Curing Bad Breath in Dogs

Treating Bad Dog Breath

Most dog owners wonder about curing bad breath in their dogs at some point. My puppy mill rescue Pomeranian mix, Ketty, will eat stool from time to time, an old habit from her pre-rescue days, which leads to devastatingly bad breath.
Halitosis (bad breath) is caused by bacteria presence in your dog’s mouth, lungs or intestines. As you wonder about curing bad breath in your dog, consider also whether this is a warning-sign of an underlying health danger.

Curing Occasional Bad Breath in Dogs

Curing bad breath in dogs that only suffer from it occasionally is easier of course. When a dog eats something that leads to bacterial build up in the mouth (as my Ketty does), he will have bad breath. Certain plants, weeds and grasses will also lead to bad breath in dogs, especially if some portion remains stuck between the gums and cheeks, where bacterial build-up will occur.

In this case, curing bad breath in your dog is a matter of predicting his habits. I watch Ketty when she and my other rescue dogs go out to do their business on the lawn. I typically try to scoop up any pet waste immediately and dump it in the homemade pet waste dispenser I built in a corner of my backyard (here’s how to build a pet waste dispenser). You may also enjoy reading my article about how to stop your dog feasting on poop.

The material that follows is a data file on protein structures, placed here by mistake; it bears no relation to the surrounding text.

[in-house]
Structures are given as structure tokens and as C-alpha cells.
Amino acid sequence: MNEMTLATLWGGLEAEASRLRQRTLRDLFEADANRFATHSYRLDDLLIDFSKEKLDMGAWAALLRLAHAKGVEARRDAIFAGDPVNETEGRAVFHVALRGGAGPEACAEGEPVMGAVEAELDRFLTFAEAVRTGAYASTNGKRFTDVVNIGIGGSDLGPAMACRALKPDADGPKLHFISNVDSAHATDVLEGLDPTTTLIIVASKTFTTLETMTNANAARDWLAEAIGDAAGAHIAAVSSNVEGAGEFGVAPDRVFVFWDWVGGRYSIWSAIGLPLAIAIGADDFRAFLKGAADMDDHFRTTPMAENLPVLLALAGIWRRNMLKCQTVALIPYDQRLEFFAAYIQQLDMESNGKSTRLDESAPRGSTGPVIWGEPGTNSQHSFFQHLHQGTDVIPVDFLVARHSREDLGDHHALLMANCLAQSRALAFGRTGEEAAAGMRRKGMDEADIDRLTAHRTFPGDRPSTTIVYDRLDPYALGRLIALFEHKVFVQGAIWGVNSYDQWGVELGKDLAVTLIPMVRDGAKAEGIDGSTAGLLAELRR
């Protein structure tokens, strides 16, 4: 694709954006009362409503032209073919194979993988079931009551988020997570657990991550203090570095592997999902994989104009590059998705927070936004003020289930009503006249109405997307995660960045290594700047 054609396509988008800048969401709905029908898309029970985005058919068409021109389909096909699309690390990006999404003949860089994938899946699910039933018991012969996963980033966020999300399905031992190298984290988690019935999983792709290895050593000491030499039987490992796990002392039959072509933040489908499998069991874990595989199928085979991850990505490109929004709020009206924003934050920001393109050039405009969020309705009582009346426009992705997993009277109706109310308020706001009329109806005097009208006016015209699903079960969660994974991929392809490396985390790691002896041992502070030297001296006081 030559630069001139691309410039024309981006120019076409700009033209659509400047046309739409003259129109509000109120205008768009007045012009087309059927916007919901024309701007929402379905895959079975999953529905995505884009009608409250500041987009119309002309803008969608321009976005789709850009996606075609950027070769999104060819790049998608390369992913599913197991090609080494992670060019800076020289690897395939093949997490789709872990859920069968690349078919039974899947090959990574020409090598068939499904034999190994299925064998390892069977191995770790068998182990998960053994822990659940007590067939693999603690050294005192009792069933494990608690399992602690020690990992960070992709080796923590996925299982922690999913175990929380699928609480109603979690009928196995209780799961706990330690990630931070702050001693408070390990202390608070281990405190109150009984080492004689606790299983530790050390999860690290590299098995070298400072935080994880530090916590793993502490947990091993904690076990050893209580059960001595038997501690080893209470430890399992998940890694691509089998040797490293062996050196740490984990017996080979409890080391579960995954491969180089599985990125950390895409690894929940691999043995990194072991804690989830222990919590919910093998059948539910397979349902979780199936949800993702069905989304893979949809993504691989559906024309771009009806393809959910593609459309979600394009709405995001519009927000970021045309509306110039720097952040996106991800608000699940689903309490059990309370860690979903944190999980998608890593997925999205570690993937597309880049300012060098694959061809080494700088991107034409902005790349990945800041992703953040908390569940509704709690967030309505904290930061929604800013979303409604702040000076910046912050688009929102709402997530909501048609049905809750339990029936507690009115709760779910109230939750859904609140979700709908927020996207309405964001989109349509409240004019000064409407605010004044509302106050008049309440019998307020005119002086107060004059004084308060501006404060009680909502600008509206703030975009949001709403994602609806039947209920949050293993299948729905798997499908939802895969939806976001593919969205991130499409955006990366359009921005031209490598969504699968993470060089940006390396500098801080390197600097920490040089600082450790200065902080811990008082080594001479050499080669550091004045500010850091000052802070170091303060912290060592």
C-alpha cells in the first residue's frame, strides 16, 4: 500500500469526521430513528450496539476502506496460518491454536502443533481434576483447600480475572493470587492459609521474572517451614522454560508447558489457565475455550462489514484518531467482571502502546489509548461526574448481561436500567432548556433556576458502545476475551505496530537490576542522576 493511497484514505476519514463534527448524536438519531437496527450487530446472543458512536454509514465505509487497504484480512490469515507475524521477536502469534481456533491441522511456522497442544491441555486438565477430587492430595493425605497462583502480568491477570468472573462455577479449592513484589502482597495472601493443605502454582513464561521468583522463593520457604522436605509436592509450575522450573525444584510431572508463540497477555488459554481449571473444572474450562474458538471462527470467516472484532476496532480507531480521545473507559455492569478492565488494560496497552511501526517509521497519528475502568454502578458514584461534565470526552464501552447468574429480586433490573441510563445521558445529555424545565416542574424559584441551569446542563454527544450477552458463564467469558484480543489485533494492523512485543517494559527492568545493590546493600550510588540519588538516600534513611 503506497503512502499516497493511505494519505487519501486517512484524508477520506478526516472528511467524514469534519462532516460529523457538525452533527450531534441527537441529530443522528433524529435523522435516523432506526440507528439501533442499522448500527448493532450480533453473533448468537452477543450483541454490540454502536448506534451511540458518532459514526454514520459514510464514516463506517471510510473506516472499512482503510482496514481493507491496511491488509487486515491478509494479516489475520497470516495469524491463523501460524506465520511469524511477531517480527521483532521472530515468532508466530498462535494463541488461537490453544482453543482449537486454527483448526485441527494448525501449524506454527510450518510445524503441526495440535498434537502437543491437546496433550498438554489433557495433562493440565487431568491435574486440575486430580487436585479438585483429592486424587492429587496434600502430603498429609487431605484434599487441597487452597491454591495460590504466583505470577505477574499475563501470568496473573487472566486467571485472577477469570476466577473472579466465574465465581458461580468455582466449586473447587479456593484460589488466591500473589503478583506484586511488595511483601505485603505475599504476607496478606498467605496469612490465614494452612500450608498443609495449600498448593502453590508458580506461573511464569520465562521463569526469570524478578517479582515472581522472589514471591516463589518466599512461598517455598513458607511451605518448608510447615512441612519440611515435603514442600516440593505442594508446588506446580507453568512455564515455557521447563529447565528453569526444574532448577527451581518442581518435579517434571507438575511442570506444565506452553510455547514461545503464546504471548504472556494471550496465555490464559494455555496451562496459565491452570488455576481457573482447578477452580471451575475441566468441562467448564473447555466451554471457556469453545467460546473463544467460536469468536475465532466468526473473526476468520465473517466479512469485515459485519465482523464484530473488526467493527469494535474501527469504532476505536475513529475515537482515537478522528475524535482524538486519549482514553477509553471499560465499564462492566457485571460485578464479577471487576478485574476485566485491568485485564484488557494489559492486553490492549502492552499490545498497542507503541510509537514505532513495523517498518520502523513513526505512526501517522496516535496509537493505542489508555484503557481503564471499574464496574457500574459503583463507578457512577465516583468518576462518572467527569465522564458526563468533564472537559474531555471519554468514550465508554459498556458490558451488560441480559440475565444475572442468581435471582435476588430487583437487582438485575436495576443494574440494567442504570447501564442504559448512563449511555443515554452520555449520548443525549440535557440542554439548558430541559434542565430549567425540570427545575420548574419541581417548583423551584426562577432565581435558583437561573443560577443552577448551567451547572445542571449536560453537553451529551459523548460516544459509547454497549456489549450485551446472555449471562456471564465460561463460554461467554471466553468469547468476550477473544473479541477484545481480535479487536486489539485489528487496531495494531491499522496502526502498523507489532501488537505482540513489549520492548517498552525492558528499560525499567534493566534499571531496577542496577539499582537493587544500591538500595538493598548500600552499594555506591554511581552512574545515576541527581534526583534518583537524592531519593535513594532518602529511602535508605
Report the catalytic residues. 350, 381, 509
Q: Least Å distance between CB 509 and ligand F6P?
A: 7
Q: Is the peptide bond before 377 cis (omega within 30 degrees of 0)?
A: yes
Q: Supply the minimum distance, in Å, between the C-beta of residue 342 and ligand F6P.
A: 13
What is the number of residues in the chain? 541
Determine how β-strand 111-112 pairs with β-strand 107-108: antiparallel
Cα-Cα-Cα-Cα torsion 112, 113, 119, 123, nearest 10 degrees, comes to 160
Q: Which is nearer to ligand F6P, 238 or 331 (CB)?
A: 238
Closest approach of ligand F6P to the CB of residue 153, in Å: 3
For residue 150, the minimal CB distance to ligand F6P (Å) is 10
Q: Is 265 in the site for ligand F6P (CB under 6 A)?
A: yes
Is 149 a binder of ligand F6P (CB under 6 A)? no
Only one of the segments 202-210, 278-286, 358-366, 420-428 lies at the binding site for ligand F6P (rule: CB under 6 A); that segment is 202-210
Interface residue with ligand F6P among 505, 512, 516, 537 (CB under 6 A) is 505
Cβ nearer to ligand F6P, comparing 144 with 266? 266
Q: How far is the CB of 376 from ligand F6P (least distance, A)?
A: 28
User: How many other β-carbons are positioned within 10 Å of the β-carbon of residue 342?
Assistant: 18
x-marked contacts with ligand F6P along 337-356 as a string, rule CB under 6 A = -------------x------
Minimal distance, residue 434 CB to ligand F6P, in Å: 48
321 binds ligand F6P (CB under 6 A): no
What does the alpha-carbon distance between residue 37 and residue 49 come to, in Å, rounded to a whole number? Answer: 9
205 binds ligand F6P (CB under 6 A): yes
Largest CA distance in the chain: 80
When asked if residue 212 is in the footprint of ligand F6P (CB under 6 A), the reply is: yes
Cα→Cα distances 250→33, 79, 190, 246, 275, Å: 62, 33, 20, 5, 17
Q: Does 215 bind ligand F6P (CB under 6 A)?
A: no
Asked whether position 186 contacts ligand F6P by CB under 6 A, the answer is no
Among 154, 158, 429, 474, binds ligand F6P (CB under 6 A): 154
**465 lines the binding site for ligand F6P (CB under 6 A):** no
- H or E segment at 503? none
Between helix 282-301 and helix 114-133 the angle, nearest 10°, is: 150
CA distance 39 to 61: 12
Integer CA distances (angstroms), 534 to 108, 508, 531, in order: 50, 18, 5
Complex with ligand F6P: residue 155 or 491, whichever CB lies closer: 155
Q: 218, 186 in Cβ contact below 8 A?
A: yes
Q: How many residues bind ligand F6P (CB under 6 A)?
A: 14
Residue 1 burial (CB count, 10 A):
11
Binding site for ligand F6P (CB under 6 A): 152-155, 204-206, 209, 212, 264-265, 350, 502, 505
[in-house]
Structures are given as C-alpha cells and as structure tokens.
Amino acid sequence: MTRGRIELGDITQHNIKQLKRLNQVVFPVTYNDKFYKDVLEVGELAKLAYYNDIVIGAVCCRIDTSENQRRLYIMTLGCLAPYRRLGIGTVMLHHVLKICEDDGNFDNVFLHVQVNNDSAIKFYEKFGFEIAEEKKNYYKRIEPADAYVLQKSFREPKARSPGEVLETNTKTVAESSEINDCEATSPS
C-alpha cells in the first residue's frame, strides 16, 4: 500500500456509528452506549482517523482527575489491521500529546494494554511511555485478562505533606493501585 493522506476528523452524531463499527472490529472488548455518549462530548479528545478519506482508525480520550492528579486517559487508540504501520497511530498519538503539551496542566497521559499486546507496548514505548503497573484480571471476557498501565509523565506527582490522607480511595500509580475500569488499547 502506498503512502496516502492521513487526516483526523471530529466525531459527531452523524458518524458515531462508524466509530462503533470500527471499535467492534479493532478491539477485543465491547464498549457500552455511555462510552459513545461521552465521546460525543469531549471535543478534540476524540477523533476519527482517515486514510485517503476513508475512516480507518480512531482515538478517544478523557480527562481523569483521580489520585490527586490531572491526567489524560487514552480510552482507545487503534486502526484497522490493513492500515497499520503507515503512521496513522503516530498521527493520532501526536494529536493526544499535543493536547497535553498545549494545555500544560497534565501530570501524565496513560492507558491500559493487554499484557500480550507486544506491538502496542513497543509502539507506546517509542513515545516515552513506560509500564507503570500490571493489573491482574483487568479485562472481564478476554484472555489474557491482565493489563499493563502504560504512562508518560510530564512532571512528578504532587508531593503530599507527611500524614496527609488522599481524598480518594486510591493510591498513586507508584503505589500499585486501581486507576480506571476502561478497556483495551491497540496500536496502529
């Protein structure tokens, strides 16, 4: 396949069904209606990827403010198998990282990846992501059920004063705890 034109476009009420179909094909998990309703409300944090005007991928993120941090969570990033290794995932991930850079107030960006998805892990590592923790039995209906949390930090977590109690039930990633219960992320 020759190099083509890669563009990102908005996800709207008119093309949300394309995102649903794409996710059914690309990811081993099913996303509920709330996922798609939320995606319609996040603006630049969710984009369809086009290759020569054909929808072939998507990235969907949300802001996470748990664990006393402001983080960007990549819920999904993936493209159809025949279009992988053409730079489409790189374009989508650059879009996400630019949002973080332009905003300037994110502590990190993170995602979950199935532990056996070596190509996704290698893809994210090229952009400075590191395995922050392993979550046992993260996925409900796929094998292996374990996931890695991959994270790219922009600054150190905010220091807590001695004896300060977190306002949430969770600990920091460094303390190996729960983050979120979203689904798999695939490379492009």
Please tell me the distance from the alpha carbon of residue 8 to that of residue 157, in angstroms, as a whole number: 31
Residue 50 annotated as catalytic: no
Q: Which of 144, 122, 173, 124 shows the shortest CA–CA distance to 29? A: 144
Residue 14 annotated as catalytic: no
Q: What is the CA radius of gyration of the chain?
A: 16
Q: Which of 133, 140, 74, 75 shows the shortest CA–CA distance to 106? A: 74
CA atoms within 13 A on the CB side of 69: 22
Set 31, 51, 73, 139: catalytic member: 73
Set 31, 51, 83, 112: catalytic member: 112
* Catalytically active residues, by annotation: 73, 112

Another way to cure bad breath in a dog that only seems to get it after spending time outside is to check his mouth for grass or plant deposits. Slip your finger between the gum and cheeks along the upper and lower teeth.

Read about: Cost of an Electric Dog Fence

Curing Increasing Bad Breath in Dogs

If you notice that over time your dog’s bad breath is growing worse, consider the state of his oral hygiene. In fact, the most common cure for bad breath in dogs revolves around removing plaque and tartar buildup from teeth and addressing gum disease.

Curing bad breath in dogs with better oral hygiene should begin with a yearly cleanup at your vet’s office. Your pet will be sleeping through the procedure, allowing the vet not only to clean the teeth but look for cavities and signs of gum disease. You don’t have to give up on curing bad breath in dogs through dental cleaning because of cost concerns. Here’s how I found an affordable, good vet to treat my four rescue dogs for a price I could afford.

Curing bad breath in dogs with regular home care is also a good idea. You can buy a dog tooth brush and toothpaste at your local pet store. Because of their appealing flavor, dog toothpastes make the job easy. The daily brushing will reduce tartar and plaque buildup and increase fluoride protection. This, in turn, will cure bad breath in your dog by preventing gum disease.

Curing bad breath in dogs using hard, teeth-cleaning snacks (like Greenies) is something I am leery of, because if a dog accidentally swallows these hard snacks they may cause an obstruction in his stomach that may require surgical removal. There have been causes when smaller dogs died as a result.